Facebook and Instagram creator Meta is facing lawsuits for bypassing Apple's privacy rules and tracking users across websites, reports say.
Bloomberg (via Engadget) reports that two iPhone users have filed proposed class action lawsuits accusing Meta of dodging Apple's App Tracking Transparency feature, which was designed to protect user privacy.
The lawsuit said the social media app owner consequently violated federal and state laws preventing unauthorized data gathering.
Apple's App Tracking Transparency (ATT) feature, released in April 2021 as part of the iOS 14.5 update, gives users the power to refuse being tracked by the apps installed on their devices. Users will have to give their consent to Meta apps to track their activities.
Meta opposed this privacy-oriented feature and urged Apple device users to allow themselves to the be tracked. At the time, the social media giant even warned that it would lose $10 billion in ad revenue for this year because of Apple's user privacy-oriented feature.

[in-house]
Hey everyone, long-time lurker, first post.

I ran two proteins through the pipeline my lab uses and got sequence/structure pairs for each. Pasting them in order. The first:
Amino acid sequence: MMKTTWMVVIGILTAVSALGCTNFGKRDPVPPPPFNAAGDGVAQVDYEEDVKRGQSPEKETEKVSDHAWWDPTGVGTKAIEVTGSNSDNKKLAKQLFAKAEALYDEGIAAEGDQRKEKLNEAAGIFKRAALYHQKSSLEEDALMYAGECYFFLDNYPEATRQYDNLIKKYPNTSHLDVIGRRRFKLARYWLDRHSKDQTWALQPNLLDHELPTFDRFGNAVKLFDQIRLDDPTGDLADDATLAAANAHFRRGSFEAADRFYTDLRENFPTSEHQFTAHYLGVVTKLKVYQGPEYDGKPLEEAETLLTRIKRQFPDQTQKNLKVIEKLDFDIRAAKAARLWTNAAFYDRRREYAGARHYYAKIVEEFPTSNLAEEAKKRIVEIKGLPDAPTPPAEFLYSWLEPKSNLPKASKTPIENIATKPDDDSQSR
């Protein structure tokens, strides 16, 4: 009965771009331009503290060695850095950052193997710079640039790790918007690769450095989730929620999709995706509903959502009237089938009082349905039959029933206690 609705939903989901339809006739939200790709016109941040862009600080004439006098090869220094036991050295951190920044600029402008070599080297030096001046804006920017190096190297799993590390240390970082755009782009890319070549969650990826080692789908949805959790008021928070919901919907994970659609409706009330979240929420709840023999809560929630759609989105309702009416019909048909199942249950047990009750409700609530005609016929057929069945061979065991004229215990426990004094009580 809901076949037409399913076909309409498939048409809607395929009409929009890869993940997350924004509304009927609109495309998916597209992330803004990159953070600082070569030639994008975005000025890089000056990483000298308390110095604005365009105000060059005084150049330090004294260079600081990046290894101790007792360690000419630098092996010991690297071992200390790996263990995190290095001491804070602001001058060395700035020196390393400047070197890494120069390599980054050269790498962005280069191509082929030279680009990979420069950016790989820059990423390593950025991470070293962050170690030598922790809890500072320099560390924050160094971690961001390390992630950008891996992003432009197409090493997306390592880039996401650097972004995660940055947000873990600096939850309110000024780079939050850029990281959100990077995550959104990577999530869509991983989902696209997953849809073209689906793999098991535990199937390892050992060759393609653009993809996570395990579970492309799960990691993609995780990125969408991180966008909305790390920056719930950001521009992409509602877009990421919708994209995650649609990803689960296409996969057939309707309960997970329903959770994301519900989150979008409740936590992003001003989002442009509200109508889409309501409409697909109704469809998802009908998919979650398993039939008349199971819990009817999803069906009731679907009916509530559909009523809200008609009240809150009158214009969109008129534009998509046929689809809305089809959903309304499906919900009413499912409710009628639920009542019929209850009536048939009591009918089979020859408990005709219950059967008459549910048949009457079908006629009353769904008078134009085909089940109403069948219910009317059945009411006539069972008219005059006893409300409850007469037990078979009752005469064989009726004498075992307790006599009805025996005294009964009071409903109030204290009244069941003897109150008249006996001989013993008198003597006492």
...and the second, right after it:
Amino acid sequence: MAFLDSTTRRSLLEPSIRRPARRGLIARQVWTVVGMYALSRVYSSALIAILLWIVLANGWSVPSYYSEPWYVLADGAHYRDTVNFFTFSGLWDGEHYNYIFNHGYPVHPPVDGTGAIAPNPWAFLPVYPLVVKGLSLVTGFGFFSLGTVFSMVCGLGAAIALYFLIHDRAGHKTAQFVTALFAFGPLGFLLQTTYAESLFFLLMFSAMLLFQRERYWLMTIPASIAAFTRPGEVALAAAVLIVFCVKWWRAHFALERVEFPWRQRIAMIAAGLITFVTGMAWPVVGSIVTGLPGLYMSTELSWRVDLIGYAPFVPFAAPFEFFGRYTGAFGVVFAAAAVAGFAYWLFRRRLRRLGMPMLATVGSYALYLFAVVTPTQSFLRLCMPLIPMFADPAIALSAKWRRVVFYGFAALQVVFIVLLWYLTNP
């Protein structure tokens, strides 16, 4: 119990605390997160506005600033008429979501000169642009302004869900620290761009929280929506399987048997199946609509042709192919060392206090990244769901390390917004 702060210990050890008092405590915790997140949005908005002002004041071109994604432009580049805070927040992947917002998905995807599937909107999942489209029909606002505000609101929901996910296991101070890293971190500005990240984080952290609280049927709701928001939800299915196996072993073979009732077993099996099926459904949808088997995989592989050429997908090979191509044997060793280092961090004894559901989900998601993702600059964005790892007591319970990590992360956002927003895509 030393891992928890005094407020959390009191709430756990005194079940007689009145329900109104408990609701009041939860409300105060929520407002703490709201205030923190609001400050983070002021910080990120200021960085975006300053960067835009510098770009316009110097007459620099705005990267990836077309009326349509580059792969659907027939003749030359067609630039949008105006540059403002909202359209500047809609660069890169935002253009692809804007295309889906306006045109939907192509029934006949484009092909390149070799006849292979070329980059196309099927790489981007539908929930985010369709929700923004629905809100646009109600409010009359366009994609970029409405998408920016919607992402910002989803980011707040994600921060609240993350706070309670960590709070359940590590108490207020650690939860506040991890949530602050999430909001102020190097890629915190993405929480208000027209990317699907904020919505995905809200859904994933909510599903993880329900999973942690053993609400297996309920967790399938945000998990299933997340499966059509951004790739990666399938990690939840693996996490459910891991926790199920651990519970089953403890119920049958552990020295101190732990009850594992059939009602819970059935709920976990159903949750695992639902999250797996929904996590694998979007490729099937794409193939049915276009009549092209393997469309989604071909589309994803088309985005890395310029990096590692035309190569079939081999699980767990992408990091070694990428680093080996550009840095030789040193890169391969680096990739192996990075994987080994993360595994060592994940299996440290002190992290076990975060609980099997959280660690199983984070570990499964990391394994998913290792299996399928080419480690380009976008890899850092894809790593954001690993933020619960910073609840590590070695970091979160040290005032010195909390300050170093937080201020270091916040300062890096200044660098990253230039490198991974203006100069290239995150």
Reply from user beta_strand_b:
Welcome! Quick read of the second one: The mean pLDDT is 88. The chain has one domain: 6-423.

Disregard for User Privacy
Earlier this year, Felix Krause revealed that Meta is able to keep track of all Facebook and Instagram users' key presses, keyboard inputs and more when users use the said apps' in-app browser.
This means that when a Facebook or Instagram user clicks on any link to a website, for example, Meta will be able to keep track of their interactions such as clicking on ads, screenshots, text selection and more. Worse, it can even keep track of text input, which includes passwords and credit card details.
Meta is able to do this by injecting a tracking code called "Meta Pixel" into all links and websites shown in the apps. This allows Meta to snoop on users' browsing activity without their permission.
While it's virtually impossible for Meta to keep track of user activity when they are using Apple's Safari browser, they are well able to see and monitor everything that a user does when using Facebook and Instagram's browser. This is a direct violation of the ATT feature.
The lawsuit hurled against Meta accuses the company of circumventing Apple's rules protecting user privacy so that it can further increase revenue.
"This allows Meta to intercept, monitor, and record its users' interactions and communications with third parties, providing data to Meta that it aggregates, analyzes, and uses to boost its advertising revenue," Bloomberg quoted from the lawsuit.
As expected, Meta rejected these allegations and said the lawsuits were "without merit," saying its in-app browsers respect user privacy. It added that it would defend itself "vigorously."